West Perth has intrigued me for several years. It is everything that governments try to do when they create business parks or clusters to help foster the development of an industry.
West Perth has intrigued me for several years.
It is everything that governments try to do when they create business parks or clusters to help foster the development of an industry.
It has, at its core, a significant number of relatively small companies surrounded by the service players that gravitate to where their clients live.
You could not have planned it better if you tried.
But this has happened naturally and is therefore much more resilient and healthy than an artificially induced version, which we have seen in various forms of success and failure throughout the world.
On the doorstep of the central business district, and an easy drive to much of corporate Perth’s homes by the sea and river, West Perth is home to a group of businesses so distinct you’d struggle to find anything like anywhere in Australia.
In all there are 160 listed resource companies and dozens, if not hundreds, of service players devoted to them.
It is unique – like tailors on London’s Saville Row, private banks in Switzerland, sparkling winemakers in Champagne or advertisers on New York’s Madison Avenue – and allows for economies of scale not normally generated by small companies.
It makes a healthy environment for investors and advisers that understand these particular types of companies and how they operate – flexible, innovative and adaptive.
Many of Western Australia’s richest people have made their fortunes through companies based in West Perth and they continue to plough their profits back into firms in the district.
Expertise, like capital, flows easily between the different players, many of whom have the same people on their boards, in their management and doing the hard yards on the ground.
The flexibility of companies from the area is legendary.
Spawned from the tough mining industry of outback WA yet comfortable with the investment advisers of London, the leaders of these companies have reinvented themselves and their companies time and time again.
When difficulties beset Australian exploration, they went offshore.
When the internet was the rage, they turned into dot.coms by the dozen.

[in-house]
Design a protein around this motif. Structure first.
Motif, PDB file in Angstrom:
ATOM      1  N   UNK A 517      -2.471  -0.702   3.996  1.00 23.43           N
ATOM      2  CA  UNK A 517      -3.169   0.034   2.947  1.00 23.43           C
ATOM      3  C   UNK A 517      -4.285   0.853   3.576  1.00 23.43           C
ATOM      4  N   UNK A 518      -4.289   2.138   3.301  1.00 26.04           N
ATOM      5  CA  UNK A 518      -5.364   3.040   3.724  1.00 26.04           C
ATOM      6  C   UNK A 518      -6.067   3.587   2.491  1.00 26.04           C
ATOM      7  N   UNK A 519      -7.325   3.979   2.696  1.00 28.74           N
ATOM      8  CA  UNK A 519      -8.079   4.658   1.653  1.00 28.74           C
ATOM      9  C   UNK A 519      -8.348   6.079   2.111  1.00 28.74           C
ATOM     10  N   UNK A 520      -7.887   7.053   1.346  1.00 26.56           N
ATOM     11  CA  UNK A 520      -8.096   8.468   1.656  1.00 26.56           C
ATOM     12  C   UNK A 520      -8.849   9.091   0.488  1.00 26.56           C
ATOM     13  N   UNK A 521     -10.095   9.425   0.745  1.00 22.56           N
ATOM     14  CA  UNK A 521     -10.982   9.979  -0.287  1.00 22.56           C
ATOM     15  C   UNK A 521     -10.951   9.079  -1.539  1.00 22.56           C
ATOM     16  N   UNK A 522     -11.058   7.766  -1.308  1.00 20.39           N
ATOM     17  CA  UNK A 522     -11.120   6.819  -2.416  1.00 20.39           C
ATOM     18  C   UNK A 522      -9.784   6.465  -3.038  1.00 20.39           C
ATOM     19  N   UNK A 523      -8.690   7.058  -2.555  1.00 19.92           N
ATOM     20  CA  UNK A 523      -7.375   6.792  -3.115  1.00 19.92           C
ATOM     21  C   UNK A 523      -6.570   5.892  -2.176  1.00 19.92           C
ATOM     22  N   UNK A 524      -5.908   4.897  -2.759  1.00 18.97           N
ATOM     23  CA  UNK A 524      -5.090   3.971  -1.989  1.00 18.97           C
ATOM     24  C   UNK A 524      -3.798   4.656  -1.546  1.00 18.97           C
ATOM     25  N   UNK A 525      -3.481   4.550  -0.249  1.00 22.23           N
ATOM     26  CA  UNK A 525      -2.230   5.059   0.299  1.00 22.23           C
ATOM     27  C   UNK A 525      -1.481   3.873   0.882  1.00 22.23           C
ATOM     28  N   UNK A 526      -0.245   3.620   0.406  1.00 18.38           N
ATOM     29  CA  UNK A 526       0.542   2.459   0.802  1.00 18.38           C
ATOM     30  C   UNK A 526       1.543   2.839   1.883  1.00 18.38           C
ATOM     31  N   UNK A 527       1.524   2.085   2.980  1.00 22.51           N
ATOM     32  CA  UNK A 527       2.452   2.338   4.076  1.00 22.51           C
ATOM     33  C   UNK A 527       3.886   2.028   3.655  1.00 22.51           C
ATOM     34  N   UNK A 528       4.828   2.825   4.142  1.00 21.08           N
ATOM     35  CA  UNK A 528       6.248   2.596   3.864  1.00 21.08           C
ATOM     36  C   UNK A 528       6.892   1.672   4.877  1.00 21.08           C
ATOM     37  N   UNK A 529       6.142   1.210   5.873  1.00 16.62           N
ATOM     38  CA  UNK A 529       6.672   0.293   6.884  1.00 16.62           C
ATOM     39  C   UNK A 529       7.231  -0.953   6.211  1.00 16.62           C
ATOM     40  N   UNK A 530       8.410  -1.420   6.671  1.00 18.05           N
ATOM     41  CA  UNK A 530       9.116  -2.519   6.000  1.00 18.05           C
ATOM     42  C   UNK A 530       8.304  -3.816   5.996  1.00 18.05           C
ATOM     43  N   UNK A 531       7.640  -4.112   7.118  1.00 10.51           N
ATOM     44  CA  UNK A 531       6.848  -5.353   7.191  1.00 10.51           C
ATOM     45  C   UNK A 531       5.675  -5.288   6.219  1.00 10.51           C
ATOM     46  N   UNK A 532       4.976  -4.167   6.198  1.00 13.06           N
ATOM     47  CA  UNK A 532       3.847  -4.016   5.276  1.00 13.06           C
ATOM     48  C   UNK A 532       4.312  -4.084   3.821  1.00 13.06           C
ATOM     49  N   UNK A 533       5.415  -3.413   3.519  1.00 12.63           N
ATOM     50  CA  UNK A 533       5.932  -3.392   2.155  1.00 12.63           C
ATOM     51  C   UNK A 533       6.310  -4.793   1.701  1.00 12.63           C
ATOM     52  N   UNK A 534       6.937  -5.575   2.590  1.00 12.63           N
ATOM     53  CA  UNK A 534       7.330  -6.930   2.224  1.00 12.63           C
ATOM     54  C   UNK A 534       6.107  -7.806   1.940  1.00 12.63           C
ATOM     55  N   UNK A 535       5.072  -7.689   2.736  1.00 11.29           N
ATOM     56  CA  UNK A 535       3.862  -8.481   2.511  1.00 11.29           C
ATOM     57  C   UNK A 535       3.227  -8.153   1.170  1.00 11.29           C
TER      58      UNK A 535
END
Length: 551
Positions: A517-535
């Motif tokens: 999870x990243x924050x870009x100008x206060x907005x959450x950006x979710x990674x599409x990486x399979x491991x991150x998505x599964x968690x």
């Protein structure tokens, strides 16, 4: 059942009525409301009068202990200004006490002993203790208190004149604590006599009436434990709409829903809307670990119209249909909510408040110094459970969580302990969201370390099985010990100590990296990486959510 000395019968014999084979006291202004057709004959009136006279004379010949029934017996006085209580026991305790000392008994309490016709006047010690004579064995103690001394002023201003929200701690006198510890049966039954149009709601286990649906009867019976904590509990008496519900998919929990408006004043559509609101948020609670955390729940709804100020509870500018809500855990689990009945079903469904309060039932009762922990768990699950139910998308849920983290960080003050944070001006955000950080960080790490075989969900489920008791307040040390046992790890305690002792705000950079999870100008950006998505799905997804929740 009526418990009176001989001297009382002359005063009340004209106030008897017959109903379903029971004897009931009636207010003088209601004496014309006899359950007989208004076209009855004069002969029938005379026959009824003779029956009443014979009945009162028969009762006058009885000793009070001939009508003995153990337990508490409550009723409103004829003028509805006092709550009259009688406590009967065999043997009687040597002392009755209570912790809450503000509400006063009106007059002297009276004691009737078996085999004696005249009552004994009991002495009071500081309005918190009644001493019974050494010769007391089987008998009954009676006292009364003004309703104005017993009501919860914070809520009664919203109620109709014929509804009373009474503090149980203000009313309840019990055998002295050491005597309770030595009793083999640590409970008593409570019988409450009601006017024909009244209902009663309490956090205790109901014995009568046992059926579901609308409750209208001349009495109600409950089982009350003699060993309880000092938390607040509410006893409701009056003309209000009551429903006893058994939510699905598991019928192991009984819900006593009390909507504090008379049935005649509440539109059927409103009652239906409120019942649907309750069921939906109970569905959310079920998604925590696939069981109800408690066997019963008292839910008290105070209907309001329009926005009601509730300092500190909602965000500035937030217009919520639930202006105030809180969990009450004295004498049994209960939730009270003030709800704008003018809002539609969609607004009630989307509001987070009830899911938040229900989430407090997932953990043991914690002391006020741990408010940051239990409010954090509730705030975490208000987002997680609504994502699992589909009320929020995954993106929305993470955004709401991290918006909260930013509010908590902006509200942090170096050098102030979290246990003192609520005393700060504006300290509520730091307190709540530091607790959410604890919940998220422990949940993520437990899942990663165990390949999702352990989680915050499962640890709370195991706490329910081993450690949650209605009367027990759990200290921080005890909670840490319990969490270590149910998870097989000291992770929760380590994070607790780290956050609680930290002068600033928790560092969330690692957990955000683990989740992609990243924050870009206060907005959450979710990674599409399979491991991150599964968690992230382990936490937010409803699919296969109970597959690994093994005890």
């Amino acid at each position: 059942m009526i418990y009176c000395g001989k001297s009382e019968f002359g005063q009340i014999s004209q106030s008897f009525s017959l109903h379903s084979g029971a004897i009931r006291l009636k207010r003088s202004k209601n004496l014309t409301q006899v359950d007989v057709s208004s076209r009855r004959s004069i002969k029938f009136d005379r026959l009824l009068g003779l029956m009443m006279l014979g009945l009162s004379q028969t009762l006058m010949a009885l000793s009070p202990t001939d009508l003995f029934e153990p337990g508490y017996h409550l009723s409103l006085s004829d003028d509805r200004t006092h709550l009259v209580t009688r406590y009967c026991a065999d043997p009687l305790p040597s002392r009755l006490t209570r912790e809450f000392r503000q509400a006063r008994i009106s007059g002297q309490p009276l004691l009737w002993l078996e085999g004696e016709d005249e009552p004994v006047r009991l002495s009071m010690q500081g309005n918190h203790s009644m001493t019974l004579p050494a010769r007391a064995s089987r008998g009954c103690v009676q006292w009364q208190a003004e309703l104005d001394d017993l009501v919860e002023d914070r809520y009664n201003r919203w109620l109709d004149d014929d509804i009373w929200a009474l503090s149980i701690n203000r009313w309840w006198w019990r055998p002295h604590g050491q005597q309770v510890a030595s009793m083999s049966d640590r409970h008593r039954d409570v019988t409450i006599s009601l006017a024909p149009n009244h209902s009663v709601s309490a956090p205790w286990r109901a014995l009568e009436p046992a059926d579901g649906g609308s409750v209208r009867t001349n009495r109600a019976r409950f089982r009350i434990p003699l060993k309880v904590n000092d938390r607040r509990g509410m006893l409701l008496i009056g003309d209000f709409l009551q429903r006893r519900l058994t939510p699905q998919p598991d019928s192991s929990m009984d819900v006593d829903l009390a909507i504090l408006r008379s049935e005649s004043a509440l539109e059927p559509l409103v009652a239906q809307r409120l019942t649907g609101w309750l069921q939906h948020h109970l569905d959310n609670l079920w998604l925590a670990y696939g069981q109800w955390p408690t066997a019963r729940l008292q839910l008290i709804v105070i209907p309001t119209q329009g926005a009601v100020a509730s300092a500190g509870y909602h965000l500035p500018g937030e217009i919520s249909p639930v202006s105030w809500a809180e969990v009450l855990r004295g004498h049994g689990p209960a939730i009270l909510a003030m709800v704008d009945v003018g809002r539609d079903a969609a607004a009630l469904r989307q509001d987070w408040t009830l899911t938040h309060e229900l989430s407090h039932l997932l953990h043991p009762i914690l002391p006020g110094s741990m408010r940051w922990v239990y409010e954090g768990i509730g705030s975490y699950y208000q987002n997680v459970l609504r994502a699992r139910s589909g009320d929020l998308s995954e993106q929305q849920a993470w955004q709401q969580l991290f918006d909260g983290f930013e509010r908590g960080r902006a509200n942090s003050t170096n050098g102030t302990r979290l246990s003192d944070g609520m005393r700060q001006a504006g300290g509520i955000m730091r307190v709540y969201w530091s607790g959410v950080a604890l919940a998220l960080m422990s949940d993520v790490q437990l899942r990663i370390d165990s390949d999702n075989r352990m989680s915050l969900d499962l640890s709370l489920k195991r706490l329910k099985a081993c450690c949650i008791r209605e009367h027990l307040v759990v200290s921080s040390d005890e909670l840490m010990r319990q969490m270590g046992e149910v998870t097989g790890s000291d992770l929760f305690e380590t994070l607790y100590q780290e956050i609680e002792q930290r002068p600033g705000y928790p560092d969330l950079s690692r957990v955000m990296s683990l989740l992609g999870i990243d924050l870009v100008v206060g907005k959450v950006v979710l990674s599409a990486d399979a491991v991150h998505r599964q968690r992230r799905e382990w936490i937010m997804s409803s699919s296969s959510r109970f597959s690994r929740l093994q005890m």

When the dot.com bombed many became biotech stocks.
And, when the sniff of a boom was scented, those that had strayed returned to their roots.
There is nothing wrong with this.
While charlatans do exist in West Perth, many of the traits required for genuine success in technology – as opposed to brief runs on the stockmarket – are evident in the junior resources sector.
Investors with a taste for risk and the mighty rewards that can come from exploration see much of the same in research.
Management must be adept at explaining why their techniques are better and will get their product to market faster.
The key players are often experts in fields beyond the comprehension of laymen.
It is a great and exciting blend that has led to an investment explosion in the current boom, giving listed resources stocks based in West Perth a combined market capitalisation of $16 billion.
Given this success and the fact so many of these companies hold sway over minerals and energy resources leases that would cover a few small countries and small seas in combination, it is easy to think of West Perth as WA’s modern ‘golden mile’.
Roberts’ tale worth telling
I never met John Roberts. Even for a bloke as intensely private as he was, this seems strange to me as a journalist who has operated in business circles since the early 1990s.
I regret that because I always prefer to make my own impression of people, rather than relying on hearsay.
So I have to mark his passing in an imperfect way, through other people’s opinions.
From everything I gather he was one of Western Australia’s toughest businessmen. That is understandable given the rough and tumble of the construction sector.
Clearly it is a trait that helped him reach the pinnacle of the sector in Australia, and allowed him to take Multiplex onto the international stage.
I am sure the debacle at Wembley Stadium would have soured the final year of his life but, if he had not passed away, I am sure he would have bounced back.
Legend has it that he went broke, or at least suffered a significant financial setback, decades ago in Adelaide. For what its worth, there’s no record of such a bankruptcy.
It was from that alleged incident, so I’ve been told, that he started afresh (as so many business greats do) and established a new business in Perth, including a culture friendly to the unions that had previously frustrated him in business.
I hope his family finances a book outlining the true story about his life.